Tatsumi-san, being the extreme variety of this kind of information hound. It both works for & against him, he admits his physical strength is somewhat lacking even if his brain supplies the necessary knowledge to survive.
It’s kind of funny though, this addict suddenly being unceremoniously weaned off both his fact finding treasure hunts & the shared glory he used to get from other like-minded “otaku”.
One thing I can’t understand though, is his complete lack of need, concern & (apparently) love for his parents, at a time when most adolescents acknowledge their presence if only to scorn them. He simply doesn’t know what has become of them. He didn’t even know they were gone until he had to feed himself instead of simply waiting for the tray of prepared food. So closed off from his surroundings he doesn’t even notice the danger closing in on him. Safe in his cyberworld & mentally removed from his surroundings. To not be aware of your own surroundings is a dangerous situation at any time in life, no matter how mundane the situation.
How he manages to escape the zombies, or saifu (to use the Japanese term) is a complete mystery really, despite it being explained to me word for word.

It is his discovery of the army issue sword & his deep, sincere Continue reading this post


World War Z notes; Around The World And Above chapter 3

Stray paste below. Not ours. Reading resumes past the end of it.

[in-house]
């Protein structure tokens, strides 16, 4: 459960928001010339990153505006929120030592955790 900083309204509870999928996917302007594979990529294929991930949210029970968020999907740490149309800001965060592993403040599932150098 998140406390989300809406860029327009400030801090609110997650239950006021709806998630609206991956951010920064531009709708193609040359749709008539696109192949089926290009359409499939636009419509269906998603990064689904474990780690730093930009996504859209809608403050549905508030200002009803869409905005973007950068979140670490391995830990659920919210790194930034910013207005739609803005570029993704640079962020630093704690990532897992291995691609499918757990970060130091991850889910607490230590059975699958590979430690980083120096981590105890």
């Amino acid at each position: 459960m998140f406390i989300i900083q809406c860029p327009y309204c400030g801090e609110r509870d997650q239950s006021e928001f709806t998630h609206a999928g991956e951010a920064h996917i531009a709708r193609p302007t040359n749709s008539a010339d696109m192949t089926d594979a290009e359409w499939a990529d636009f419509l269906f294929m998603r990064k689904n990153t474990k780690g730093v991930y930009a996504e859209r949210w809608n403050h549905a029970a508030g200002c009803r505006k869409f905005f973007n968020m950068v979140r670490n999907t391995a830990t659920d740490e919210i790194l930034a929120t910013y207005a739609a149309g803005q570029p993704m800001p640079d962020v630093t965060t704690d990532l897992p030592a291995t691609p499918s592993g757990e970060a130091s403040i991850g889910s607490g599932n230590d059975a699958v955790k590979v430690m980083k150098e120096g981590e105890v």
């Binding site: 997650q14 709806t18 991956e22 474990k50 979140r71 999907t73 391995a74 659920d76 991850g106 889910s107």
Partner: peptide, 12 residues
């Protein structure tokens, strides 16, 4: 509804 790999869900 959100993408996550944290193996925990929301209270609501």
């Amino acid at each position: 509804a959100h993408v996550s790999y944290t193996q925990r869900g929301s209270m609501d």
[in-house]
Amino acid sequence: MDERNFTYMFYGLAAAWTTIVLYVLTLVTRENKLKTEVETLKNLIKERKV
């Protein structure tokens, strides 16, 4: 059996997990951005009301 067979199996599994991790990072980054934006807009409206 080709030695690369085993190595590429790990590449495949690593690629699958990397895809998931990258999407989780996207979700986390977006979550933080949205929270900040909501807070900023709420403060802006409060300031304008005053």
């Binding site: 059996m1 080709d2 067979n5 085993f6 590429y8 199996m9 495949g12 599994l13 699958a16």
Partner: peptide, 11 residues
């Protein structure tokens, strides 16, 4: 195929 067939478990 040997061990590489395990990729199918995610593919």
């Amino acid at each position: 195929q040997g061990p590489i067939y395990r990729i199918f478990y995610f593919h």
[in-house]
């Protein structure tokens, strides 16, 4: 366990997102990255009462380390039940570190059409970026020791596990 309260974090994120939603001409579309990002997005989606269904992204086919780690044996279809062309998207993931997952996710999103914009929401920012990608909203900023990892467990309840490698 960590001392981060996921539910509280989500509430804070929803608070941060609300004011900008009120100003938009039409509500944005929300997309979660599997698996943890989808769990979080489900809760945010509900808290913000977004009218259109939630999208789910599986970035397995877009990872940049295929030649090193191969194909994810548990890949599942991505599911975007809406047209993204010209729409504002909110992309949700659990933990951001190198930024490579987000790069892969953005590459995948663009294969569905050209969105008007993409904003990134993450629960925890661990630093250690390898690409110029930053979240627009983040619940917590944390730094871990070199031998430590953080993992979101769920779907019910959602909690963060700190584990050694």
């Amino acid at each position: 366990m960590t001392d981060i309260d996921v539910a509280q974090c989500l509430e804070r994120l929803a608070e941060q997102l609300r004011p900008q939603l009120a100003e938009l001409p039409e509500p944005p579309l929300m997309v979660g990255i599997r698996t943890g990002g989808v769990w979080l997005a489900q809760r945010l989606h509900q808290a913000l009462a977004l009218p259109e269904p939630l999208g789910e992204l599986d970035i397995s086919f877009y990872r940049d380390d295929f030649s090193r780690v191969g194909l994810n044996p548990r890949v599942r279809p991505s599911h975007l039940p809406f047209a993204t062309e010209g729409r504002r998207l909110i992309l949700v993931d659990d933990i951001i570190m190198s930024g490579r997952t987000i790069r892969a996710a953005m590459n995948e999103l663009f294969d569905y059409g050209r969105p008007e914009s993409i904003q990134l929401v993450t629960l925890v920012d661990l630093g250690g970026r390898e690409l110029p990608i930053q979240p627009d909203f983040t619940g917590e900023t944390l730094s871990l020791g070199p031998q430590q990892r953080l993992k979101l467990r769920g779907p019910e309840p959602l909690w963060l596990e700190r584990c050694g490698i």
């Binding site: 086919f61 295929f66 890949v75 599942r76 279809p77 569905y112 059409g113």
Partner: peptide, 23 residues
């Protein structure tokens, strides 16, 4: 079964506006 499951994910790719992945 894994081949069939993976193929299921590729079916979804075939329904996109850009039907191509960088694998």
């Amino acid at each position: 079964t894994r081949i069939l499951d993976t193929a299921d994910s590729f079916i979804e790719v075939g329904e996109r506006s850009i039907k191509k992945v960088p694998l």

World War Z

Disclaimer: notes transcribed as is, no editing has been made so as to preserve my original feelings as I read the chapter.

Part 6, Around The World And Above; Chapter 3, Hyungchol Choi.

With the current unrest in North Korea, this chapter is somewhat scary. I’ve done a little history project or two over the years on Korea’s war, the 38th parallel & the differences between the people living on either side of it.
Coupled with a movie & tv programme like M*A*S*H* to amuse & silently educate me.

Hyungchol is, I suppose, a typical example of a South Korean. Modern enough to know his country’s history but not afraid of “the enemy”. He seems to pity his Northern countrymen more than anything else, comparing his freedom in an open society that is not only prosperous but educated in ways the North can never hope to be.
What is worrying, is that the Southern government seems to have entirely misread the North’s mass retreat into areas unknown. Guards, whole units of soldiers leaving their posts completely unattended. Villages of people suddenly disappearing.
From Hyunchol describes, North Korea must have looked like a complete “ghost-town”. The only possible explanation he puts forward, is that they must have misjudged the size & scale of the North’s underground dwellings. How can an entire country make it’s population of twenty-three million (or close enough to) simply and abruptly disappear.

He continues about the signs, surveillance, spies, and so all vanishing as if these people had simply ceased to be.

Before we knew it, there wasn’t a living soul left from the Yalu to the DMZ.

An extraordinary feat. But Hungchol mentions that this is the way the Continue reading this post